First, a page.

Testing China’s aggression


Apparently Pres. Obama has learned a lesson from his lack of strategy in Syria: The Financial Times reports he has finally acceded to Sec. of Defense Ashton Carter’s pleas to assert freedom of the seas in Southeast Asia.
Within the next two weeks, senior American officials say, U.S. naval vessels will challenge Beijing’s claim to incorporate vast stretches of the South China Sea into its territorial waters.
The vessels will enter the 12-mile limit which Beijing has drawn along “the nine dot line”, its only claim to a group of coral shoals where it has been building at breakneck speed. During the past two years, the Chinese have scooped up enough mud and gravel to build thousands of acres on the several islands replete with military airstrips.
The new bases permit China to advance beyond the so-called first-island chain which has restricted its naval activities to occasional feints across the Strait to threaten the Taiwanese, and contest islands long claimed and occupied by Japan in the East China Sea.
These new bases, hundreds of miles from their Mainland ports and justified only with ancient maps showing vague Chinese claims could become important for projection of strategic power, already menacing nearby Philippines and Vietnam.
The White House has been reluctant to permit the Navy to exercise time-honored rights of passage in one of the world’s most important naval commercial waterways, whether recently because of the state visit just concluded of Chinese leader Xi Jinping, or a part of Obama’s general withdrawal of American power around the world. That lack of resolve has put into question former Sec. of State Hillary Clinton’s “pivot to Asia” which the Obama Administration has made part of its worldwide strategy.
It has been clear, however, that although there were glowingly optimistic statements anticipating the Xi visit, Obama got nowhere in negotiating any of the major issues which now confront the two countries. These include, of course, recent Chinese hacking of U.S. cybernetworks, violation of intellectual properties of American and other foreign companies, or other trade issues such as the manipulation of its currency [which Washington has refused to formally recognize, a flagrant example exercised on the eve of the visit with a Chinese devaluation.].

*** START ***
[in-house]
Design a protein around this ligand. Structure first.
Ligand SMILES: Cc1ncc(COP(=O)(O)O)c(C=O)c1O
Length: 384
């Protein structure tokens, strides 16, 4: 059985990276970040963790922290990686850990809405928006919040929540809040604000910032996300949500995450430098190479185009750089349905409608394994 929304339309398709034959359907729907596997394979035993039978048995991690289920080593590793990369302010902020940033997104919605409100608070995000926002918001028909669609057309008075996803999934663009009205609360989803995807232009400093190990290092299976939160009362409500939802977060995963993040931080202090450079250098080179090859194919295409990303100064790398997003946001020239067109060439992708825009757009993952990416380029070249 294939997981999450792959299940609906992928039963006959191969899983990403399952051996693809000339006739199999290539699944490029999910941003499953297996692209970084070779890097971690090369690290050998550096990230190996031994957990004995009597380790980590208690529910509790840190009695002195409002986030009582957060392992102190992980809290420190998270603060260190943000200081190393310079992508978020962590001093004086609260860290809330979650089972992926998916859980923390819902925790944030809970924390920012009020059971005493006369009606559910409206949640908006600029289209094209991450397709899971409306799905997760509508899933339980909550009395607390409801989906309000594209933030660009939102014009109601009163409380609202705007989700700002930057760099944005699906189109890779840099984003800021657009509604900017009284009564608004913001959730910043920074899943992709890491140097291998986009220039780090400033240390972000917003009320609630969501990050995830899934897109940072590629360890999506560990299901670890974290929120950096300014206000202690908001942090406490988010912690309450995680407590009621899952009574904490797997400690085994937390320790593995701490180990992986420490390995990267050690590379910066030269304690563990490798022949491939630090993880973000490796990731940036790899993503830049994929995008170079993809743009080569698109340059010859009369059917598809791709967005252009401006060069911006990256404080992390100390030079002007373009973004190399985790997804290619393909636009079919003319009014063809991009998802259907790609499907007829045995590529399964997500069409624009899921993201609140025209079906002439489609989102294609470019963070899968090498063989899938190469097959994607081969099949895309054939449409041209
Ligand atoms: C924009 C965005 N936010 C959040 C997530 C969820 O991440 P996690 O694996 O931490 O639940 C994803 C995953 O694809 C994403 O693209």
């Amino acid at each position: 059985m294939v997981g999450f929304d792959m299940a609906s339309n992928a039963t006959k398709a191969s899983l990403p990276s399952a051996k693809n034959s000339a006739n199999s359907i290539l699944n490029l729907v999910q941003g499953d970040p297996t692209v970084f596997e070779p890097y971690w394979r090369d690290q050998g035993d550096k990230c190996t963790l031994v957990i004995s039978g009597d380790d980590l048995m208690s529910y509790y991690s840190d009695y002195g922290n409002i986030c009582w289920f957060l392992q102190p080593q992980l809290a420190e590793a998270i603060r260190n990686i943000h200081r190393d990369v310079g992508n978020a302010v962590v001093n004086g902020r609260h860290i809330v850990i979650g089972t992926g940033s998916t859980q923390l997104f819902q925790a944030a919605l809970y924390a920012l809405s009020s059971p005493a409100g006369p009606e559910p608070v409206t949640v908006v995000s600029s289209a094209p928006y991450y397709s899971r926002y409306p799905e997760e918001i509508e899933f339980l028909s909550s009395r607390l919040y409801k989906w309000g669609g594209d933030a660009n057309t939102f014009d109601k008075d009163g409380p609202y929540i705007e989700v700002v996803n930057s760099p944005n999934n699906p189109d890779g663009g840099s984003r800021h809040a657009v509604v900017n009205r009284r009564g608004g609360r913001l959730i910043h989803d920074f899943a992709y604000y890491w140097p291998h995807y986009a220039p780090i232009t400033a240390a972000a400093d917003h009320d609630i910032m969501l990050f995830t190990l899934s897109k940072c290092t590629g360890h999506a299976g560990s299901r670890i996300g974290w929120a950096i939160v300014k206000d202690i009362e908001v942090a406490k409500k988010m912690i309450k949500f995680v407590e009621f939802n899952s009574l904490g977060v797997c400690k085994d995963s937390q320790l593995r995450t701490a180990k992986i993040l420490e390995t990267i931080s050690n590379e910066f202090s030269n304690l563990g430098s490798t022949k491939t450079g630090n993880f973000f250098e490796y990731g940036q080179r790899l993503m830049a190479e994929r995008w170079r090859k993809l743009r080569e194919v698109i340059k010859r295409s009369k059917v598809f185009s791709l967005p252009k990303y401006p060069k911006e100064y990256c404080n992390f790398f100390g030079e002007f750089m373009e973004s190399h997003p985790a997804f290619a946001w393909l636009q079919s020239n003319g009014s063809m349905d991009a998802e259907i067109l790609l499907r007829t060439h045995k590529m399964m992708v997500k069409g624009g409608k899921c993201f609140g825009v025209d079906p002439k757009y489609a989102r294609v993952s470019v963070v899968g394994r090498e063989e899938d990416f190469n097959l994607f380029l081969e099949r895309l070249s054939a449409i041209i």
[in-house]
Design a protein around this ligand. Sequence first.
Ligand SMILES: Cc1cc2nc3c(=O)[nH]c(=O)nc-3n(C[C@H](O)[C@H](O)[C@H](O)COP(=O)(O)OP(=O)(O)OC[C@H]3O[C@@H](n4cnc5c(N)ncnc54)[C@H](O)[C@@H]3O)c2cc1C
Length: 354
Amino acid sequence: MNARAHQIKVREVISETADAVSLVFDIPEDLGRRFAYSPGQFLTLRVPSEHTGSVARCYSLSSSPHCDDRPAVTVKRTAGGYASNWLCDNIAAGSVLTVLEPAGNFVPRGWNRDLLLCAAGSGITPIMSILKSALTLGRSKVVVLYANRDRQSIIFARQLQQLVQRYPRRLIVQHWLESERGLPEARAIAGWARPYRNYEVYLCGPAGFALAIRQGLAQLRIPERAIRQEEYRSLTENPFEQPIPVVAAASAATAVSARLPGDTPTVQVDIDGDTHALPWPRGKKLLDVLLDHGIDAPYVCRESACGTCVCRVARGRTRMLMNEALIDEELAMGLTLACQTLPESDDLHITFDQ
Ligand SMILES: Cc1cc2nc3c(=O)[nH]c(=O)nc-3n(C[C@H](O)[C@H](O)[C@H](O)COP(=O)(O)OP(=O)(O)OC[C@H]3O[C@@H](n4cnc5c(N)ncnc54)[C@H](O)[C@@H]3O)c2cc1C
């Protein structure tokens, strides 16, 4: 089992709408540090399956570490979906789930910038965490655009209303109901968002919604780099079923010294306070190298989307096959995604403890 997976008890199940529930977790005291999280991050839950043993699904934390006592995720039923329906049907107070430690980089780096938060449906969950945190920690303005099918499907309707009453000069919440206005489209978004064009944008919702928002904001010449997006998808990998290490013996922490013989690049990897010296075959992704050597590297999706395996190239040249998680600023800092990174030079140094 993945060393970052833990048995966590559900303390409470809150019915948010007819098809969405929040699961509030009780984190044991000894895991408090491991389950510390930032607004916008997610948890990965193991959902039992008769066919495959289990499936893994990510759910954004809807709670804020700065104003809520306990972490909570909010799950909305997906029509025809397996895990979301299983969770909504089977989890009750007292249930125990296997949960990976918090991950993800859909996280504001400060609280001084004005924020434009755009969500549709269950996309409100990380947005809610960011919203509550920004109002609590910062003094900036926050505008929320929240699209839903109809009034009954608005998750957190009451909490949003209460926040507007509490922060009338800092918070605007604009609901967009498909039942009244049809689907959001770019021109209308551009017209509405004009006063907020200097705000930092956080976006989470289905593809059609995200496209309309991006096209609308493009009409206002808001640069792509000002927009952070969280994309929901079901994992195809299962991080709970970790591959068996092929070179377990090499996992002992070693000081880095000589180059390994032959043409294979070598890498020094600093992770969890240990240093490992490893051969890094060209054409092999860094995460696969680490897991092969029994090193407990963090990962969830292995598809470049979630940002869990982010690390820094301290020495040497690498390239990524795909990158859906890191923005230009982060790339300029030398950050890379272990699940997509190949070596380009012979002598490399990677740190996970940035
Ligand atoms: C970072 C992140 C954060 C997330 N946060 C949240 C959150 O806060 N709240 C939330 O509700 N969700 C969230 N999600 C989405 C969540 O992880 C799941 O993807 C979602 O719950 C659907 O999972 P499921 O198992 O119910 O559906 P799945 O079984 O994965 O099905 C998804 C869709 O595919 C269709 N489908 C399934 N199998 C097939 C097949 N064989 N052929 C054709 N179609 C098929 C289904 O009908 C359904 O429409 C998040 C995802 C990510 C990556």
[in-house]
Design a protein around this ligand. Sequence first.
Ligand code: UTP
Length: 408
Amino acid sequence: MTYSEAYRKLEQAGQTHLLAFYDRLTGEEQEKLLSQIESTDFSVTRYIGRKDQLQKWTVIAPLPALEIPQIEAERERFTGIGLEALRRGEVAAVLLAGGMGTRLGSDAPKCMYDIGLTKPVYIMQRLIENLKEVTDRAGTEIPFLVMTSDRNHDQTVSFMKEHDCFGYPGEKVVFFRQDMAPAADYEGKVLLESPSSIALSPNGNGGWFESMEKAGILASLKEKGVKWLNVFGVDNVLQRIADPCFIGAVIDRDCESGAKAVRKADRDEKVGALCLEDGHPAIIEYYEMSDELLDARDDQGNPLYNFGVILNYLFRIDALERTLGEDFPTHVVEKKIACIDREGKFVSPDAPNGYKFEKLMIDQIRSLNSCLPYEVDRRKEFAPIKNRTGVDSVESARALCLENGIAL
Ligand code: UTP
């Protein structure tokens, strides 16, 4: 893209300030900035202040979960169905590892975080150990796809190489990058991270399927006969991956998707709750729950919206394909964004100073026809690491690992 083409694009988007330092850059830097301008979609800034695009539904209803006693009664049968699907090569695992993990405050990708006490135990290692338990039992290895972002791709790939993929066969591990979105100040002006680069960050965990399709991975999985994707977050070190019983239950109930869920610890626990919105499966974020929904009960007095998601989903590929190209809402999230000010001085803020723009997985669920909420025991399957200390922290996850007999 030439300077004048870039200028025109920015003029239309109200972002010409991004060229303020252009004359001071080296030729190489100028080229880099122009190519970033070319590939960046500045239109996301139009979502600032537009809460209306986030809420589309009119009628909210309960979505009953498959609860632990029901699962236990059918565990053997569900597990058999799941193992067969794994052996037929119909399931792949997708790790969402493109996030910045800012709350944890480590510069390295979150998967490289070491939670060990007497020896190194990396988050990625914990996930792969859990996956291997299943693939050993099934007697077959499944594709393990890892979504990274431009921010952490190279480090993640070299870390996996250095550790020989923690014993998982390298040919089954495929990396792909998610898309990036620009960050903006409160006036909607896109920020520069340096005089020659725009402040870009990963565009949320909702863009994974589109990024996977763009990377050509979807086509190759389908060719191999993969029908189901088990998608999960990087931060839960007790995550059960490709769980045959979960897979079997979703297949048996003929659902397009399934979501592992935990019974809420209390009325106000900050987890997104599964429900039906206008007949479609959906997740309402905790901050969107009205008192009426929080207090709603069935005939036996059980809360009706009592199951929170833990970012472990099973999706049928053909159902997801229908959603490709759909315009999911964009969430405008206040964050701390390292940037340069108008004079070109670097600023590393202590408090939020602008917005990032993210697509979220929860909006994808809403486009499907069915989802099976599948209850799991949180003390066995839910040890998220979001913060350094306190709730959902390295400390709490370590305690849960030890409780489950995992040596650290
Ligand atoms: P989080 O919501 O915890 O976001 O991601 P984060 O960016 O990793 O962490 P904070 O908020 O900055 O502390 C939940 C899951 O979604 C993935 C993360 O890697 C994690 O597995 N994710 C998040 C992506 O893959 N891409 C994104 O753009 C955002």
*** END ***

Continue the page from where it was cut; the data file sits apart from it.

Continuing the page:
But no issue between the two countries has carried such dangerous longterm implications and possibilities of confrontation as Beijing’s aggressive behavior in the South China Sea. The move could be even more important – and fraught – than any of the red lines which Obama has drawn, and then violated, in Syria and the Mideast. Or as important as the growing aggressive behavior of Russia’s Valdimir Putin in Ukraine, and now, in Syria.
A successful test of traditional right of peaceful passage through international waters, in this case those which Beijing has unilaterally claimed as its own territory, is seen by most traditional naval scholars as something long overdue.
Today China’s elaborate and rapid efforts to create a “blue water” navy are still in their infancy. American spokesmen, including the highest echelons of the U.S. Navy, have in the past recognized that China has the right and as an emerging great power, would, build a modern naval fleet. At one point, an American admiral, noting the difficulties of building and maintaining aircraft carriers – China has rebuilt one bought from Ukraine and has another building – was something the U.S. might assist in for a “peacefully emerging China”.
But increasing signs of aggressive behavior by the Chinese have vitiated, at least for the time being, that kind of open military collaboration. And, in fact, Beijing has generally rejected the most routine military to military communication which has become normal and practical among the major powers in their effort to avoid untoward incidents.
Insisting , along with traditional U.S. allies in the region, that peaceful passage through international waters must be preserved and the valid claims of neighboring states honored, is, however much a risk now, one to be preferred than at a later time when Beijing’s resources will be greater and when dangerous precedents would be established.
sws-10-08-15

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